DO NOT HALT OR DELAY YOUR
2018 FORM 1094/1095 REPORTING.

Texas v. Azar

In its 2012 National Federation of Independent Businesses (NFIB) v. Sebelius decision that preserved most of the ACA as originally written,[1] the U.S. Supreme Court held that Congress had the authority to implement the individual mandate and its penalty under the taxing power given to it by the U.S. Constitution. The individual mandate penalty was reduced to zero effective January 1, 2019, by the Tax Cut and Jobs Act of 2017 triggering the Texas v. Azar lawsuit over the continuing constitutionality of the ACA. This case was ultimately joined by thirty-six states and the District of Columbia giving it a distinctive red versus blue feel.

In his decision, Judge O’Connor determined that the elimination of the individual mandate penalty meant the individual mandate itself could no longer be viewed as a valid exercise of Congress’ taxing power. Judge O’Connor also determined that the individual mandate was so essential to and inseparable from the ACA that this renders the entire ACA unconstitutional.

Predicting the Future

Judge O’Connor’s ruling did not include an injunction, meaning the ACA is still in effect pending the appeals process. This fact was verbally repeated by the Trump administration. It is probably foolish to attempt to predict the future of Texas v. Azar, but if we had to:

    1. The 5th Circuit – This is a coin flip, but the U.S. Court of Appeals for the 5th Circuit overrules the district court opinion. While the court agrees that the individual mandate is unconstitutional, the 5th Circuit is unable to conclude that the individual mandate cannot be severed from the rest of the ACA. Whatever the outcome, the side that comes up short appeals to the U.S. Supreme Court.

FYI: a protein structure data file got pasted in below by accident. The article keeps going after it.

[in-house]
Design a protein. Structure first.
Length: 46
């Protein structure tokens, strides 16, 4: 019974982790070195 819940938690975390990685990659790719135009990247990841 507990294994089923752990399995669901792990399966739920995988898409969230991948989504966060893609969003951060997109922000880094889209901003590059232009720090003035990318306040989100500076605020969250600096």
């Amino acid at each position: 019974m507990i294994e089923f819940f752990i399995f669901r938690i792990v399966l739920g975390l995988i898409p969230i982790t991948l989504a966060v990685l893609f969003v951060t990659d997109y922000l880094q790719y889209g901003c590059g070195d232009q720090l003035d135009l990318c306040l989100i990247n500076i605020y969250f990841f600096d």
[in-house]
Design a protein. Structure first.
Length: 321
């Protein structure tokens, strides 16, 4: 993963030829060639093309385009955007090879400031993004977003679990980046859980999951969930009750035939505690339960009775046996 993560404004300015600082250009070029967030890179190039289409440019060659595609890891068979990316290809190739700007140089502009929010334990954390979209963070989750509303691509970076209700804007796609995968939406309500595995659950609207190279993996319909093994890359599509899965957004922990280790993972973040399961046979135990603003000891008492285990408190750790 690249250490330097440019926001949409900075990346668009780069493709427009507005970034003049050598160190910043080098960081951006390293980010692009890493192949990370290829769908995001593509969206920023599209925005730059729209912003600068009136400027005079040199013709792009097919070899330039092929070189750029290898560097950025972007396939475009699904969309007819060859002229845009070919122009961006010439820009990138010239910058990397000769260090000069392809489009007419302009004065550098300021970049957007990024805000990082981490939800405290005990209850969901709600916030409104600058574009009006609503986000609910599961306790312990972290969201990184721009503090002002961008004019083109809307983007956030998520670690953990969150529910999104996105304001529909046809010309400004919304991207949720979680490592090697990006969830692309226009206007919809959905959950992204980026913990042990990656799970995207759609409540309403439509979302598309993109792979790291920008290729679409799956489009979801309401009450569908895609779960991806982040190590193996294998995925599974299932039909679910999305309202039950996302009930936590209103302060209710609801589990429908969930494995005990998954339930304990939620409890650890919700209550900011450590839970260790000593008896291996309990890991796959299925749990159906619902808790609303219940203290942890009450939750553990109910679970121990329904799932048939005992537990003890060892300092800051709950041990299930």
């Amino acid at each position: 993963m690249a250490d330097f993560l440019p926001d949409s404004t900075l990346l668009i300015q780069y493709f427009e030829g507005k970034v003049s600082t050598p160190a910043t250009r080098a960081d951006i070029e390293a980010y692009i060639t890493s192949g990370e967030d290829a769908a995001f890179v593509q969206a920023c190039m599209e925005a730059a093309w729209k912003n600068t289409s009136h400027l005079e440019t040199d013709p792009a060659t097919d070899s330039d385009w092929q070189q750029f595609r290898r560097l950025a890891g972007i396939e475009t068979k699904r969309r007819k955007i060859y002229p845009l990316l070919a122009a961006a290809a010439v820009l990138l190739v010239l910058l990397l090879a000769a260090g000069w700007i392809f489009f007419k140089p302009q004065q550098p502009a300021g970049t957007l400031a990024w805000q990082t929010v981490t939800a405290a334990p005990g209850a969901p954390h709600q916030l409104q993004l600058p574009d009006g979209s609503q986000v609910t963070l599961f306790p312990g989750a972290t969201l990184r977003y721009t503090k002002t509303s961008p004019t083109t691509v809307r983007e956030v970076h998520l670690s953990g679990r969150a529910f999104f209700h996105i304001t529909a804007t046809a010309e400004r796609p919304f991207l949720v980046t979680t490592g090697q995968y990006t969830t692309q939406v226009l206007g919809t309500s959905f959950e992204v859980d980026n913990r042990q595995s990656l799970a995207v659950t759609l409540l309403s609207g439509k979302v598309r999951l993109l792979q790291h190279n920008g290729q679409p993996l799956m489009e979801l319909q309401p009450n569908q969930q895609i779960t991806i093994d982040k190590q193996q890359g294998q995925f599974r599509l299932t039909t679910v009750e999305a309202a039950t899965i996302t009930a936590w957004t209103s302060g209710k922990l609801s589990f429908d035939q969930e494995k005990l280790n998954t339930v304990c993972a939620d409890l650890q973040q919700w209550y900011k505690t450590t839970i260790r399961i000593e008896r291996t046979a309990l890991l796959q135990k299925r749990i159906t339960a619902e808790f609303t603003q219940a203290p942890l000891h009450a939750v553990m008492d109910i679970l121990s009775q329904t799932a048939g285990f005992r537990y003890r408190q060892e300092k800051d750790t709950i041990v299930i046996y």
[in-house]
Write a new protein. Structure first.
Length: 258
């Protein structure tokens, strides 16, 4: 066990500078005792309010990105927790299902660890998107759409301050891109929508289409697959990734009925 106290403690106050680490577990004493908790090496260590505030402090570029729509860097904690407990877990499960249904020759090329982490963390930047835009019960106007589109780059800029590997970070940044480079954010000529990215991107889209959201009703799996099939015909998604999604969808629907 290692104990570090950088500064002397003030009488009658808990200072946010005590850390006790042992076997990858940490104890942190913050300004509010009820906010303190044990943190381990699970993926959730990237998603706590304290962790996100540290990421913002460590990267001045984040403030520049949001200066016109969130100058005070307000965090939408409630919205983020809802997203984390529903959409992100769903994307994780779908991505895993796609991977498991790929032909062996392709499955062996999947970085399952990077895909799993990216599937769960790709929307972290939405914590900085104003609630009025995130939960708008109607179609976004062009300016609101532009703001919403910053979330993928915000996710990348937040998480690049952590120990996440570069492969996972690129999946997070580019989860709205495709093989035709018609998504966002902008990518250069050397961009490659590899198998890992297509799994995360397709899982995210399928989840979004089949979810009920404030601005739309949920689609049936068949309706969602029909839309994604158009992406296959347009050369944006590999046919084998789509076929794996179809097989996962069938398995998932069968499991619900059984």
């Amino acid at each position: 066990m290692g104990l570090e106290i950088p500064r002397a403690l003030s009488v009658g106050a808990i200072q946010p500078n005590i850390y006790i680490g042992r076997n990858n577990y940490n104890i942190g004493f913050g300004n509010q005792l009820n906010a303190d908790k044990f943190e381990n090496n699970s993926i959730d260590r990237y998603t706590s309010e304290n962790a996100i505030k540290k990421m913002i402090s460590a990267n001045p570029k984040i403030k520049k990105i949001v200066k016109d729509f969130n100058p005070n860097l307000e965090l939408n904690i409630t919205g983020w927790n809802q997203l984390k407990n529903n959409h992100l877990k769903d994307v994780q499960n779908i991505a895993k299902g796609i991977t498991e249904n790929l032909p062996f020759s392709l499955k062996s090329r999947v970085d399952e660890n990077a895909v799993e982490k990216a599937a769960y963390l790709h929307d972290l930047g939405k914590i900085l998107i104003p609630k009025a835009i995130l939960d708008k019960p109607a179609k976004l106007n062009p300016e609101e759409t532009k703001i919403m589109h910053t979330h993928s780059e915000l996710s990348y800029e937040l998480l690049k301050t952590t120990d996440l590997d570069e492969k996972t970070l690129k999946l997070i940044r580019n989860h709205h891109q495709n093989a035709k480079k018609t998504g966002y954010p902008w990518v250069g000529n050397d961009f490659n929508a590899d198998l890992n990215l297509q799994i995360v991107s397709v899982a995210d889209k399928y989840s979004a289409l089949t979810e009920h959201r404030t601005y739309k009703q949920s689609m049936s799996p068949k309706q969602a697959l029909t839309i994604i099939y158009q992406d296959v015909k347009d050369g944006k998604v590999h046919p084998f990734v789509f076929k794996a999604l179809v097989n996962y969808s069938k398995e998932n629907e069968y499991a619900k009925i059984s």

2. Congress – If the 5th Circuit finds the ACA unconstitutional, lawmakers work in earnest to draft legislation preserving ACA protections that are popular with voters and to avoid massive disruption in the insurance industry. One of these bills will have enough bipartisan support to be enacted by Congress and signed into law by the President should the Supreme Court declare the ACA unconstitutional.
    3. The Supreme Court The U.S. Supreme Court agrees to hear the case and preserves the ACA again by holding that the individual mandate is severable from the remainder of the ACA and/or for other reasons. Remember, the appointments of Justices Gorsuch and Kavanaugh notwithstanding, the five justices who ruled in favor of the ACA in NFIB v. Sebelius in that 5-4 opinion are still present.

We’ll keep you updated as this progresses.

[1] If you’ll recall, the mandate for all states to participate in the Medicaid expansion was struck down.

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Retail Workers and Fatigue

December 17, 2018

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During the holidays, many retail workers experience irregular and extended shifts and often take on additional workload due to reduced staff. This can lead to overexertion, stress and fatigue which ultimately can cause poor overall health in the population.

The National Institute for Occupational Safety and Health (NIOSH) looked at the retail sector and provided suggestions to reduce worker fatigue that can be implemented at the workplace. These include: